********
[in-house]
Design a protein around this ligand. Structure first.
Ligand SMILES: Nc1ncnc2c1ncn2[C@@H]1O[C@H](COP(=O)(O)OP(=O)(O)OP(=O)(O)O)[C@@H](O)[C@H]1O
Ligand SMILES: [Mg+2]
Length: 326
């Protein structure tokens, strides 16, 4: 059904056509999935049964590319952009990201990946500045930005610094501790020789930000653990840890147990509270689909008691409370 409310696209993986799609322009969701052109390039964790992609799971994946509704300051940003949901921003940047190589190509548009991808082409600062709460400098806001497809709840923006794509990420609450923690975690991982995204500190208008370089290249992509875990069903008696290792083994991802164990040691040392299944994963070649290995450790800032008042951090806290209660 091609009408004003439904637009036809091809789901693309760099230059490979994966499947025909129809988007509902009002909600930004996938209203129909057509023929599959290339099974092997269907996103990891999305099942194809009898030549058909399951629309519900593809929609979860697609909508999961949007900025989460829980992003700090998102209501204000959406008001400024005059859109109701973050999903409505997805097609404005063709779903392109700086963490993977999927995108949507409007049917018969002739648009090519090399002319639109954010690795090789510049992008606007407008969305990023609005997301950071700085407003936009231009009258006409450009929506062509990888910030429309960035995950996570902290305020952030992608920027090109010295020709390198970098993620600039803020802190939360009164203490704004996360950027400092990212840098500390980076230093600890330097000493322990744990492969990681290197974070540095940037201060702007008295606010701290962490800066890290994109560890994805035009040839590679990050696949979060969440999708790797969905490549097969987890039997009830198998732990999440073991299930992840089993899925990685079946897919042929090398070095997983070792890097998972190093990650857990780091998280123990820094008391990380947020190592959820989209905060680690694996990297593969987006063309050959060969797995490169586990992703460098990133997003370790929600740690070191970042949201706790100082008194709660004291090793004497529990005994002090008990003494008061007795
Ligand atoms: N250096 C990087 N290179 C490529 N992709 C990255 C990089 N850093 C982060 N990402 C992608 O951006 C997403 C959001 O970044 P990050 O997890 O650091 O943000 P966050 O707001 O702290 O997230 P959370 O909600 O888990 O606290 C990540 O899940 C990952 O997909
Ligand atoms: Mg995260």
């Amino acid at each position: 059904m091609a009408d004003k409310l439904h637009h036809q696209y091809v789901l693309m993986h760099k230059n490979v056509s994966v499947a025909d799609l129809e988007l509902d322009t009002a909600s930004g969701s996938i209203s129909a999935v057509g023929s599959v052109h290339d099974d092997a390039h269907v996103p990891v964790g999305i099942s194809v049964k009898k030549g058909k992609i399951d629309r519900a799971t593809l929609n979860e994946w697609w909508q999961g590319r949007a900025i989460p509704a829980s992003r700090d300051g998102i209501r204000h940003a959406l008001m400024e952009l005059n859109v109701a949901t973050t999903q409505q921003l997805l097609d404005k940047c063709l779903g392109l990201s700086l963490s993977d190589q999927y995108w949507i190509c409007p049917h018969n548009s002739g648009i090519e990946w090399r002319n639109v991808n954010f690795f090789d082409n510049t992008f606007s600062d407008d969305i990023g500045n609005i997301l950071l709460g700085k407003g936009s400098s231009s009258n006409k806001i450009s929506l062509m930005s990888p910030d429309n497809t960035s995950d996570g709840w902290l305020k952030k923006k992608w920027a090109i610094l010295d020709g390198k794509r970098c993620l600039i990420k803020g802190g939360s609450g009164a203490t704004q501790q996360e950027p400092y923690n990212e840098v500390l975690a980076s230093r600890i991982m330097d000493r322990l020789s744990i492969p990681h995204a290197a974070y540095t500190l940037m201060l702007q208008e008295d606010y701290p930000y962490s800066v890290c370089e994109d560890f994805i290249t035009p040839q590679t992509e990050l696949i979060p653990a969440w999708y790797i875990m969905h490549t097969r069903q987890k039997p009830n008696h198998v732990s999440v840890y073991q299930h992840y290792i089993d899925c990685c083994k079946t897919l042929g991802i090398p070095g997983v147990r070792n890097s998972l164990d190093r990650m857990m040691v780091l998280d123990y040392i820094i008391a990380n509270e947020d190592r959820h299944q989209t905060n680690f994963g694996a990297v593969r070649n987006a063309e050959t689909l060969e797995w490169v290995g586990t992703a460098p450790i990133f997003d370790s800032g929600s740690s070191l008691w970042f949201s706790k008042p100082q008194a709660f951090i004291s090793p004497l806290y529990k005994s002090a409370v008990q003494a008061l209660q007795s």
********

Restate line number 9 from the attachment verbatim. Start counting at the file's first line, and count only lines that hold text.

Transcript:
């Amino acid at each position: 059904m091609a009408d004003k409310l439904h637009h036809q696209y091809v789901l693309m993986h760099k230059n490979v056509s994966v499947a025909d799609l129809e988007l509902d322009t009002a909600s930004g969701s996938i209203s129909a999935v057509g023929s599959v052109h290339d099974d092997a390039h269907v996103p990891v964790g999305i099942s194809v049964k009898k030549g058909k992609i399951d629309r519900a799971t593809l929609n979860e994946w697609w909508q999961g590319r949007a900025i989460p509704a829980s992003r700090d300051g998102i209501r204000h940003a959406l008001m400024e952009l005059n859109v109701a949901t973050t999903q409505q921003l997805l097609d404005k940047c063709l779903g392109l990201s700086l963490s993977d190589q999927y995108w949507i190509c409007p049917h018969n548009s002739g648009i090519e990946w090399r002319n639109v991808n954010f690795f090789d082409n510049t992008f606007s600062d407008d969305i990023g500045n609005i997301l950071l709460g700085k407003g936009s400098s231009s009258n006409k806001i450009s929506l062509m930005s990888p910030d429309n497809t960035s995950d996570g709840w902290l305020k952030k923006k992608w920027a090109i610094l010295d020709g390198k794509r970098c993620l600039i990420k803020g802190g939360s609450g009164a203490t704004q501790q996360e950027p400092y923690n990212e840098v500390l975690a980076s230093r600890i991982m330097d000493r322990l020789s744990i492969p990681h995204a290197a974070y540095t500190l940037m201060l702007q208008e008295d606010y701290p930000y962490s800066v890290c370089e994109d560890f994805i290249t035009p040839q590679t992509e990050l696949i979060p653990a969440w999708y790797i875990m969905h490549t097969r069903q987890k039997p009830n008696h198998v732990s999440v840890y073991q299930h992840y290792i089993d899925c990685c083994k079946t897919l042929g991802i090398p070095g997983v147990r070792n890097s998972l164990d190093r990650m857990m040691v780091l998280d123990y040392i820094i008391a990380n509270e947020d190592r959820h299944q989209t905060n680690f994963g694996a990297v593969r070649n987006a063309e050959t689909l060969e797995w490169v290995g586990t992703a460098p450790i990133f997003d370790s800032g929600s740690s070191l008691w970042f949201s706790k008042p100082q008194a709660f951090i004291s090793p004497l806290y529990k005994s002090a409370v008990q003494a008061l209660q007795s």